|A macrame strap holds the sweet little book closed|
|A marzipan Christmas tree|
|Pastepaper and marbled paper inside Marzipan|
"Oh," Marie cried out, "what do you think Godfather Drosselmeier has made for us?"
Fritz said it was sure to be a fortress, with all kinds of soldiers marching up and down and drilling, and then other soldiers would come and try to get in, but the brave defenders would fire their guns, which would boom and thunder wonderfully.
"No, no," Marie interrupted. "Godfather Drosselmeier said something to me about a beautiful garden with a big lake in it and lovely swans with golden necklaces swimming around on it and singing the most beautiful songs. And then a little girl comes across the garden to the lake and calls the swans and feeds them marzipan." -excerpt from The Nutcracker by T. A. Hoffman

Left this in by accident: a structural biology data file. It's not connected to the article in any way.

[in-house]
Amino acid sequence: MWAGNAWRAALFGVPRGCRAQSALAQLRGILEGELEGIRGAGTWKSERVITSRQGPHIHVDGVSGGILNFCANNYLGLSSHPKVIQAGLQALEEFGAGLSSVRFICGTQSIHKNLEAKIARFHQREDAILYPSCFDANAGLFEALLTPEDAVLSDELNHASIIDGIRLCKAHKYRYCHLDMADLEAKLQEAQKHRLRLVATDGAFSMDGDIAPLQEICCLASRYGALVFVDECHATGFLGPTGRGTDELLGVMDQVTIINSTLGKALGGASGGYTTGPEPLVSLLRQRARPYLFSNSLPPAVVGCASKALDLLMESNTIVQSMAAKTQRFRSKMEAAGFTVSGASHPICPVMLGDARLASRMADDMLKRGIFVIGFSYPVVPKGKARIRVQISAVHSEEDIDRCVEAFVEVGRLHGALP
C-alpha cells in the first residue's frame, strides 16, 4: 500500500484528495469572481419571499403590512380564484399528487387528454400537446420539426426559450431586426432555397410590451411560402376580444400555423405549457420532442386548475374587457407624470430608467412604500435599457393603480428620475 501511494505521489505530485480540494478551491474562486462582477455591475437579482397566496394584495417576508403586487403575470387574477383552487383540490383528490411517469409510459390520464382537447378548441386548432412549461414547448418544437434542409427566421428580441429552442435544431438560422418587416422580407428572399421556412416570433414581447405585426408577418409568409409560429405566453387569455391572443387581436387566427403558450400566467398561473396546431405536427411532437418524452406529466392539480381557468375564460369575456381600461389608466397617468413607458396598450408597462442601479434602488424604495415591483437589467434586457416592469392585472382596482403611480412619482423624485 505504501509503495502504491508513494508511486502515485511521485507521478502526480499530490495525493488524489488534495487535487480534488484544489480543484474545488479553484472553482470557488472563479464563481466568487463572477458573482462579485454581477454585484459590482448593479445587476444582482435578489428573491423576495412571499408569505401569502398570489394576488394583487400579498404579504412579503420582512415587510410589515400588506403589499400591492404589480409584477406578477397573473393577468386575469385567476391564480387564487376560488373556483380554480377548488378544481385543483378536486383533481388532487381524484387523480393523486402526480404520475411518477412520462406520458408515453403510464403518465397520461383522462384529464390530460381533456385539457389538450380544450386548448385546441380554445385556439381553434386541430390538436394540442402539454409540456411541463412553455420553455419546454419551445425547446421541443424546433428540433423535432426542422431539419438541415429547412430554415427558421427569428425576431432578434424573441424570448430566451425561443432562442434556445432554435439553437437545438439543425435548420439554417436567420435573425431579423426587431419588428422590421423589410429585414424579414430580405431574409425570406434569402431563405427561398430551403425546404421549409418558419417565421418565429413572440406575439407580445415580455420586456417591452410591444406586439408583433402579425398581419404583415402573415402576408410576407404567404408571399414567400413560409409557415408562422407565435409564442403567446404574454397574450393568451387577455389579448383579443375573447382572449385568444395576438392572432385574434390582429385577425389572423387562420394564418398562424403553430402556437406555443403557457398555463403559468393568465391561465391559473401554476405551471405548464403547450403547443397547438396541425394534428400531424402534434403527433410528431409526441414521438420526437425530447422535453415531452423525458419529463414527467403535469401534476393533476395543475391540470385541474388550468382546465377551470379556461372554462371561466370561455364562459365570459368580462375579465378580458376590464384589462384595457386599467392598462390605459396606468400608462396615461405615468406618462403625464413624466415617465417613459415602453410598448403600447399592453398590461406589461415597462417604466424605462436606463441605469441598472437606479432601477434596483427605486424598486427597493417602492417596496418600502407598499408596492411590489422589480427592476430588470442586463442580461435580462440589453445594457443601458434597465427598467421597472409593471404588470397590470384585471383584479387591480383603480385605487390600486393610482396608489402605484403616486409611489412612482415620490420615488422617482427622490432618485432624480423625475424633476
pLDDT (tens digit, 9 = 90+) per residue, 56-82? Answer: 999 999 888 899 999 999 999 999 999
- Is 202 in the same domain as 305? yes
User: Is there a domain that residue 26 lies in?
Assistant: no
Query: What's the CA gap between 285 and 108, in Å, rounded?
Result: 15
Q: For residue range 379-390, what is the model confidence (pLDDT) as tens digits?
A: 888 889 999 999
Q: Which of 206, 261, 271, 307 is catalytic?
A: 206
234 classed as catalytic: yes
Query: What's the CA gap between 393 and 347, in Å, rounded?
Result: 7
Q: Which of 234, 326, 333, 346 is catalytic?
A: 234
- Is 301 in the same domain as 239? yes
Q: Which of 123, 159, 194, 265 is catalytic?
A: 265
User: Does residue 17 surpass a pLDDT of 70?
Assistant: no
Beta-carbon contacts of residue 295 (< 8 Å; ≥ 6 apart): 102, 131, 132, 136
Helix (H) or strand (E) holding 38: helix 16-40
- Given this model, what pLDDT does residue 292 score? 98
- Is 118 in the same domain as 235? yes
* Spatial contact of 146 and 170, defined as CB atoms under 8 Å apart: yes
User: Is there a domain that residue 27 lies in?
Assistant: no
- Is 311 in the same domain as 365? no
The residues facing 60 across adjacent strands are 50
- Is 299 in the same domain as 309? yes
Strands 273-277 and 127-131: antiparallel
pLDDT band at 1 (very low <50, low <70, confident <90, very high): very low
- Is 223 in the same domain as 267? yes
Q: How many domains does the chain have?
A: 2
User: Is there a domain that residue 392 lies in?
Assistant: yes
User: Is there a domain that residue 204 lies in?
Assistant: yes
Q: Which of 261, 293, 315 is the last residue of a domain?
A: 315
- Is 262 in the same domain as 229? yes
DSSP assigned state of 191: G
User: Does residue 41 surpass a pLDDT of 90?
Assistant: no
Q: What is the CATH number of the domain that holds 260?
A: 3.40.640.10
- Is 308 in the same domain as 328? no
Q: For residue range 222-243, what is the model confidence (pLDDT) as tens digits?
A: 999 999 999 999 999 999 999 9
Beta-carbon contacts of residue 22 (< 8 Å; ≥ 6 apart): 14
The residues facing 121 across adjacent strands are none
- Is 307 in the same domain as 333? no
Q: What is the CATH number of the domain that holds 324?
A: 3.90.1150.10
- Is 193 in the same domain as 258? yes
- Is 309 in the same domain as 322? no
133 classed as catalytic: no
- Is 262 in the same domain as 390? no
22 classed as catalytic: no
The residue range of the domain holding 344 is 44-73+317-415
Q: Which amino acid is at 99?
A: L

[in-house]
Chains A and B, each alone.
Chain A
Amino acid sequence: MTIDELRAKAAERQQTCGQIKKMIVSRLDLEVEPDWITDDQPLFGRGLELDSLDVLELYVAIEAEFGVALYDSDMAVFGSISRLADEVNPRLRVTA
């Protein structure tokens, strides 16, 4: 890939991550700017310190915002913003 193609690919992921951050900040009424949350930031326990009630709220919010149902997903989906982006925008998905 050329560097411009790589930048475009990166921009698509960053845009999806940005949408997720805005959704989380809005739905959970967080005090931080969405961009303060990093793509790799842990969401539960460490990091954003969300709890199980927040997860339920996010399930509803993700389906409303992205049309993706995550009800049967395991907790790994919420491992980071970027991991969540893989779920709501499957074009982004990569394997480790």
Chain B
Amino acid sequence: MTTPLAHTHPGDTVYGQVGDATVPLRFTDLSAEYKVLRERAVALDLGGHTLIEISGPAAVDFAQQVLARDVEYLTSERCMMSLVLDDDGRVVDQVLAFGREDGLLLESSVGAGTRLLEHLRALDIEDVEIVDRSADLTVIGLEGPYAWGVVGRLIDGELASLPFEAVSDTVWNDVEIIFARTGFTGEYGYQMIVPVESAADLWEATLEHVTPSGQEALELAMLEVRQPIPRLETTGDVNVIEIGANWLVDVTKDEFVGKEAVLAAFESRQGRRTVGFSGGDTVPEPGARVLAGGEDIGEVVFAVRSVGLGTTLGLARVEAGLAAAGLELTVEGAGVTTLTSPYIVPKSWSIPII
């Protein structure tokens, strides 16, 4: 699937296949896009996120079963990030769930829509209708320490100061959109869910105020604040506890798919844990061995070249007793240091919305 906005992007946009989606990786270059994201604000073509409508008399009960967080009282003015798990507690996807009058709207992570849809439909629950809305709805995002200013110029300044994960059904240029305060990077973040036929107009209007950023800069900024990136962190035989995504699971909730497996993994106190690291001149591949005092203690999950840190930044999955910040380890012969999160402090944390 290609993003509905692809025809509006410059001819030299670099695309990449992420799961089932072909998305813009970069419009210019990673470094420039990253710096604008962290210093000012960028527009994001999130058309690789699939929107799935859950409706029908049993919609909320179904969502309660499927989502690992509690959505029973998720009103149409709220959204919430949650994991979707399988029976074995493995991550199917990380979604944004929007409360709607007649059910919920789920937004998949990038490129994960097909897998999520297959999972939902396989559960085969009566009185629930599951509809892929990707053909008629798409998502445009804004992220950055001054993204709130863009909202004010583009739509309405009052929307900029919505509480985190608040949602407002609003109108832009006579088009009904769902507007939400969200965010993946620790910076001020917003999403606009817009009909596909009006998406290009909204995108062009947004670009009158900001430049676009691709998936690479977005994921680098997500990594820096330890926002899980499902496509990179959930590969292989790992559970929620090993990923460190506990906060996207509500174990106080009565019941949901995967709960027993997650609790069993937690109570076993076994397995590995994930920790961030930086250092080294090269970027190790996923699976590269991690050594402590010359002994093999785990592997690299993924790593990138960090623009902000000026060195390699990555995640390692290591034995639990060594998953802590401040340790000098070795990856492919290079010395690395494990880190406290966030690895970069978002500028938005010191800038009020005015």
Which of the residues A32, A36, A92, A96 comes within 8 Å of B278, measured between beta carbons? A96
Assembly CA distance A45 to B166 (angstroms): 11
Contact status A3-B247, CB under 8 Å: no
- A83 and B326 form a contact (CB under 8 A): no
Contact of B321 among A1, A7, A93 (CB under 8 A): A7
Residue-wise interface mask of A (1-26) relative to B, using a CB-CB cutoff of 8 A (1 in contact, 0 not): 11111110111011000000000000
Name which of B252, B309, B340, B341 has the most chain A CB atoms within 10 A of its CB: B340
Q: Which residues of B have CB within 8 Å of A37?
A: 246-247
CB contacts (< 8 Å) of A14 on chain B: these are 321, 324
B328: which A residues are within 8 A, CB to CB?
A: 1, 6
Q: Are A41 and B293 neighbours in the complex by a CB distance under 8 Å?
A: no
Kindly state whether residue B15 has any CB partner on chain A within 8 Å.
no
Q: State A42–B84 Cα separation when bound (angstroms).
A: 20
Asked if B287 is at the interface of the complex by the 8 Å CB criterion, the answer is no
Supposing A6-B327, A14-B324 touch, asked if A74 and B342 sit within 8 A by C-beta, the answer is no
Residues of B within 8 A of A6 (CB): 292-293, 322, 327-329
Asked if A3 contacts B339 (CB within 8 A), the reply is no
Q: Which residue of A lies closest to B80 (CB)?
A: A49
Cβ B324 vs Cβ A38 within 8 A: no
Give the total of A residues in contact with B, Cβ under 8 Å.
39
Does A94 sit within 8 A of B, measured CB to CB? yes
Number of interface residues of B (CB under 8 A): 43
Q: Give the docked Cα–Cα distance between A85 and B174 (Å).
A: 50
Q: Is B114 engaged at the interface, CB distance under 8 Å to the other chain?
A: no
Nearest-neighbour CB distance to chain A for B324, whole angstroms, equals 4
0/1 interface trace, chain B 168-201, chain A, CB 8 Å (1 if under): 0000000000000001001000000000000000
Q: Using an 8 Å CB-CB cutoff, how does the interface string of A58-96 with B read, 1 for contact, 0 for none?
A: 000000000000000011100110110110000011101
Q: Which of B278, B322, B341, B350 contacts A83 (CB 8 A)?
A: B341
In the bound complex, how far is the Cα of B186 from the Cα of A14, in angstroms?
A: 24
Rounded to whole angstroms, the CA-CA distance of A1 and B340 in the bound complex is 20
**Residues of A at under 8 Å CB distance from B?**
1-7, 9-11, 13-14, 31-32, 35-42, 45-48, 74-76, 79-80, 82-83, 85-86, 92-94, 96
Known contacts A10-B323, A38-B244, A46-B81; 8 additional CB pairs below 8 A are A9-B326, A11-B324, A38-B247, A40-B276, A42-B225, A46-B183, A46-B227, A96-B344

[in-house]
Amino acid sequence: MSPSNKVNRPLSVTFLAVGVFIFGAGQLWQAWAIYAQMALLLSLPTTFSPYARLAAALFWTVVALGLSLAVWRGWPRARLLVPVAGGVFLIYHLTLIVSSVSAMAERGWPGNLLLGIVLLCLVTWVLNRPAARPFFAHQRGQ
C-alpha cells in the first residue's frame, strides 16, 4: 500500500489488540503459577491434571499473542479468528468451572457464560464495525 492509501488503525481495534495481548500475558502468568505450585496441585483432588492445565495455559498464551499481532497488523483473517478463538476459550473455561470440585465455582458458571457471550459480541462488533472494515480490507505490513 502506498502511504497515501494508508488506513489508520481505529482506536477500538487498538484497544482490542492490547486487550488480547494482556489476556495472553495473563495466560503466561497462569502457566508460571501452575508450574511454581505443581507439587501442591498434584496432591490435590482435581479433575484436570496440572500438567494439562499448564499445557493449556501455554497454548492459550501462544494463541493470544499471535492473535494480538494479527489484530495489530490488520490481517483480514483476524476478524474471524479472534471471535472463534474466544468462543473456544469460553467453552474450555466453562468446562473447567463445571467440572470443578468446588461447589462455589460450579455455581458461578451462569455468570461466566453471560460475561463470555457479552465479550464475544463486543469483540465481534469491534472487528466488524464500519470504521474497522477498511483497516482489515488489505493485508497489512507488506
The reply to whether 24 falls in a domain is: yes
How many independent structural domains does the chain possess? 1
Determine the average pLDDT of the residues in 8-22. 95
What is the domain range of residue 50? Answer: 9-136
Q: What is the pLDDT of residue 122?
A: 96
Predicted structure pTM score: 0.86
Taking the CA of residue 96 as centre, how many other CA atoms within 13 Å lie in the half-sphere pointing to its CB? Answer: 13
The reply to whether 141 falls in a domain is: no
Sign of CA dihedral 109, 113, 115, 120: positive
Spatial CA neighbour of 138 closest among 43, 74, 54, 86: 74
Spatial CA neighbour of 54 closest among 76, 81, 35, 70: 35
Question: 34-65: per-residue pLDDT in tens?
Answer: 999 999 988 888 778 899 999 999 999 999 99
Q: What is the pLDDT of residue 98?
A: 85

|Creamy pastepaper and a wintry image from stamps..|
Growing up in the south, marzipan was not a traditional holiday dessert in our family. At my Grandmother's Christmas Day table we traditionally had three or four choices of the following... Coconut Cake, German Chocolate Cake, Pound Cake, Carrot Cake, Chocolate Meringue Pie, Lemon Meringue Pie, Chess Pie, Pecan Pie, Pecan Chess Pie, Lemon Chess Pie, Sweet Potato Pie, Chocolate Bon Bons, Chocolate Chip Cookies, Hershey's Kiss Cookies, Peanut Butter Cookies, Kris Cringles, Dolly Bars, Oatmeal Raisin Cookies... Bananna Pudding..and on and on.. but no marzipan. Until the year my daughter first began to dance in The Nutcracker Ballet...
Holiday baking is such a tradition and food is such a rite of communion... what are your family traditions for sweets? What stories come from these? What are the recipes? Imagine your wonderful holiday sweet pastry sideboard... the colors, the patterns, the aromas, and the deliciousness of all that sugar and butter! and then perhaps write about it in a book.